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Tips for Buying a Piano

January 6, 2012

Consider the needs of the person(s) playing the piano in your house, but you should also think long term. A good upright piano in average household conditions will last 40-50 years before needing a major overhaul, but many have lasted longer. So you want to buy a piano that is a little better than you think you deserve. Because they live in your house, pianos are like furniture so the look of the cabinetry or case is important to most buyers. This will also affect the instrument's price.

A piano has to fit in the space you have for it, and there are many sizes of pianos. Almost all pianos have 88 keys (the smallest sizes have fewer, a couple of models have a few more). The most important size difference is between the grand piano (in which the soundboard, on which the strings are stretched, is laid flat) and the upright piano. An electric keyboard could be considered as well. The grand also comes in two sizes, “baby” and “concert.” There are qualitative differences in sound and action between a grand and an upright, so serious pianists will eventually have to practice and play on a grand piano, but you probably don't want to begin there, as grands are also much more expensive.

Brand new, full uprights are between 50 and 52 inches tall and are about five feet wide. You need about four to five feet of depth (including the player and piano bench). Uprights sell for anywhere from $3,500 to $10,000 and some uprights sound as good as their more expensive baby grand cousins. There are two smaller, less expensive sizes than the full upright piano; the studio piano (45 to 48.5 inches tall) and the console piano (40 to 43 inches tall). Up until World War II, an even smaller size, the spinet, was popular. A good rule of thumb: the larger the piano, the better the sound.

New vs. Used

The advantage to buying a new piano is that it has been inspected and tuned and has no hidden history. Most people, though, buy used because of the lower cost. The disadvantage is that used pianos can have many hidden problems—pianos have thousands of parts that wear down. You should never buy a piano you haven't tried out (or had a friend try out) especially a used piano. You can avoid the worst pitfalls of buying a used piano by going to a reputable dealer. If you're in the market for a $100 piano, you should expect to do an overhaul that will cost at least another $200, depending on how beaten up the piano is. If you're buying used, look inside it at the major parts:

If you buy a used piano that hasn't been retouched, a technician may be able to improve the action of the keys. You can also ask a technician to clean the instrument, which may include replacing some of the felt on the hammers, which wears with use. You want to make sure that there are no cracks in or major warping of the soundboard before you buy the instrument. If a piano has not been tuned in a long time (more than six or seven years), it may be impossible to return to a completely even tuning. That won't matter for most uses, and it depends on how out of tune the piano is. In general, don't buy an antique if you want to really play it.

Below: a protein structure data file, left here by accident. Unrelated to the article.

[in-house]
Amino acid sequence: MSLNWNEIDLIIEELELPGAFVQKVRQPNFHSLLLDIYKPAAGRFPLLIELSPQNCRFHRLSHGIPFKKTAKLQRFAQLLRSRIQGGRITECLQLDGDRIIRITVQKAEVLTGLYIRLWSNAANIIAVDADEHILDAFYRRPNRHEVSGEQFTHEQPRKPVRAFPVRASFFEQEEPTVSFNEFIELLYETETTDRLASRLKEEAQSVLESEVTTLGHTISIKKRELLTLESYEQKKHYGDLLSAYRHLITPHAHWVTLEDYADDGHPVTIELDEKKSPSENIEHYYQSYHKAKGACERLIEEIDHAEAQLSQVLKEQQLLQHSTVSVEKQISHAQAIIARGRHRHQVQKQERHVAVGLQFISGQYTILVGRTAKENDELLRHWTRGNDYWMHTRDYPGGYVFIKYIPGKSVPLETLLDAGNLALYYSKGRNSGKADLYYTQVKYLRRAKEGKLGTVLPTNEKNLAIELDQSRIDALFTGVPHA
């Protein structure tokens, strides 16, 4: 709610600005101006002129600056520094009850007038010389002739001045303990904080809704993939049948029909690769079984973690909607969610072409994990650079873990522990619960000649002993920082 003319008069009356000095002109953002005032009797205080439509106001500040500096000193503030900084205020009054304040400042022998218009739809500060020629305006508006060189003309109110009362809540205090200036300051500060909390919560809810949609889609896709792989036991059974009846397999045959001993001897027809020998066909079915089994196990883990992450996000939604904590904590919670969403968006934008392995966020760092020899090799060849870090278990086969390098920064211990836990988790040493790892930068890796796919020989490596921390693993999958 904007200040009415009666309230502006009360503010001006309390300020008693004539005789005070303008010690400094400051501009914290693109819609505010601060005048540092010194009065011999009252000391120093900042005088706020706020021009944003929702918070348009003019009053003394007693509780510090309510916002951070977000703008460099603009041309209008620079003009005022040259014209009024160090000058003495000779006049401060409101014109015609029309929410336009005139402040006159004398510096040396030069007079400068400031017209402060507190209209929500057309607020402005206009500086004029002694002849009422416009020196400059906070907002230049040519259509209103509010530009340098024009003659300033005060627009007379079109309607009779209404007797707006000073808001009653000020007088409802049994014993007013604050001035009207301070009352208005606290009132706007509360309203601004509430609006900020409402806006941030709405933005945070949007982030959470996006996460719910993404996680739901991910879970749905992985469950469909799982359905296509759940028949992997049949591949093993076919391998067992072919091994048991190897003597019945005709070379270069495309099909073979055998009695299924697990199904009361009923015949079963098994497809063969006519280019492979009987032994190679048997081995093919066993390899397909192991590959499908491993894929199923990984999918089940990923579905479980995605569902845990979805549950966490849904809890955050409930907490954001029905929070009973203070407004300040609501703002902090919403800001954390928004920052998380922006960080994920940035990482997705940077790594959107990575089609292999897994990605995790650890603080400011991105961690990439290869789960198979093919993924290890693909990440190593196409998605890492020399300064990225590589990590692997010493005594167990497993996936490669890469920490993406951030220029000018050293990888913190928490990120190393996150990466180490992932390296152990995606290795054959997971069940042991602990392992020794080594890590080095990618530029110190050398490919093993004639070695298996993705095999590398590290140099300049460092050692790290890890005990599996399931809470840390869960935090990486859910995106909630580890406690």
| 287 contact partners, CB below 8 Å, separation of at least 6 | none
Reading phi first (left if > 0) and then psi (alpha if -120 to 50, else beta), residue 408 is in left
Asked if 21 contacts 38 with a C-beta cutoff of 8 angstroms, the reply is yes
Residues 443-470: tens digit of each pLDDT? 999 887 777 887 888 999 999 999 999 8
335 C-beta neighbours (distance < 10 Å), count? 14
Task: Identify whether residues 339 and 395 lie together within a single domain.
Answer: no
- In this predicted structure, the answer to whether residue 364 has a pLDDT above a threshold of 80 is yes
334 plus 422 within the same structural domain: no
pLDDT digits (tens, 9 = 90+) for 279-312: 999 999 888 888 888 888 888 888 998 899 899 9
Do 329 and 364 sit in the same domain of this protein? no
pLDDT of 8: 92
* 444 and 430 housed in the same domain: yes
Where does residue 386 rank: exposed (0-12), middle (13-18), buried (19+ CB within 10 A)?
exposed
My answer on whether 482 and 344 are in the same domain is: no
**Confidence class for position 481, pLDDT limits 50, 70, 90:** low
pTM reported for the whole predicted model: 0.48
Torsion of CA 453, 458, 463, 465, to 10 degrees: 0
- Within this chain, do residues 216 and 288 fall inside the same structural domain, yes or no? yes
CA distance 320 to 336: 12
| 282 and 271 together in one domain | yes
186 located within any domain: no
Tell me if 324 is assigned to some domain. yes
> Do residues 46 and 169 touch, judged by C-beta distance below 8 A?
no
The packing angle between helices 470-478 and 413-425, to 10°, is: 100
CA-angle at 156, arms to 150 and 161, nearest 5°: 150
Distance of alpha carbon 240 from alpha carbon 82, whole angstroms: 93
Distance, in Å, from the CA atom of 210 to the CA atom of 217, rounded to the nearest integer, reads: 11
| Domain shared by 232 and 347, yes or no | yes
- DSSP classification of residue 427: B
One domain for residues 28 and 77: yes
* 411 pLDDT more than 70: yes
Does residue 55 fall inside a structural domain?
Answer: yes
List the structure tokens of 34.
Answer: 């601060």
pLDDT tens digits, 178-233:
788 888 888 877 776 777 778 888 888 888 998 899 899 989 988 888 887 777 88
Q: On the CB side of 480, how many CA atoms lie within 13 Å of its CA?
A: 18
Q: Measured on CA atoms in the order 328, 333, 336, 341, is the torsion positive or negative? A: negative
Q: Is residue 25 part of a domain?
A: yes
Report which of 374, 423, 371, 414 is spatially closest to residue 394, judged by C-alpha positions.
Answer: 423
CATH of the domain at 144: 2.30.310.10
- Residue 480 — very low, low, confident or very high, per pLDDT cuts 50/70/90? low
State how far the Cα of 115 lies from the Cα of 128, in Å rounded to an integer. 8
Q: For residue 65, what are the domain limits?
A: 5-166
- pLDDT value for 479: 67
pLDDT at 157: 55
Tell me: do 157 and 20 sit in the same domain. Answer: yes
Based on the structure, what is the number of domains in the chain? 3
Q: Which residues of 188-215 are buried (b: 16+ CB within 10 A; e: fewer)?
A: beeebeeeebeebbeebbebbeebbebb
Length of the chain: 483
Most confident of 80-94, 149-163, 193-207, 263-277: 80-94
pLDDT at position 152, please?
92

Even if you are buying a piano for a beginner or a noodler, don't leave the instrument untuned and with broken keys or dead spots. That's a real turnoff and the instrument will soon be left unused.

Three things to pay attention to

  1. Overall sound and resonance. This is often a matter of taste, but there are all kinds of instruments out there, and it won't hurt to be a little choosy. Take your time.
  2. Key action: Should be springy with enough resistance to the touch as to allow you to control the volume easily.
  3. Key action, part two: Grand pianos have faster, easier action than uprights, because gravity helps out the keys and the dampers (which stop the sound, when you release the key) and also because they have a repetition lever, to make repeated notes more reliable. In an upright, you should make sure that you can repeat notes quickly (try playing (C-C-C-C-C as fast as you can.) And if you give the key a light, flat strike, you should hear the sound get stopped almost immediately.

You can and should bargain over the price of a piano (unless you're buying one of those $100 jobs from an estate sale.) It's a lot like buying a car. Comparison shopping is a good idea.

Michael Zwiebach is the senior editor/ content manager for SFCV. He assigns all articles and content, manages the writing staff and does editing. A member of SFCV from the beginning, Michael holds a Ph.D. in music history from the University of California, Berkeley.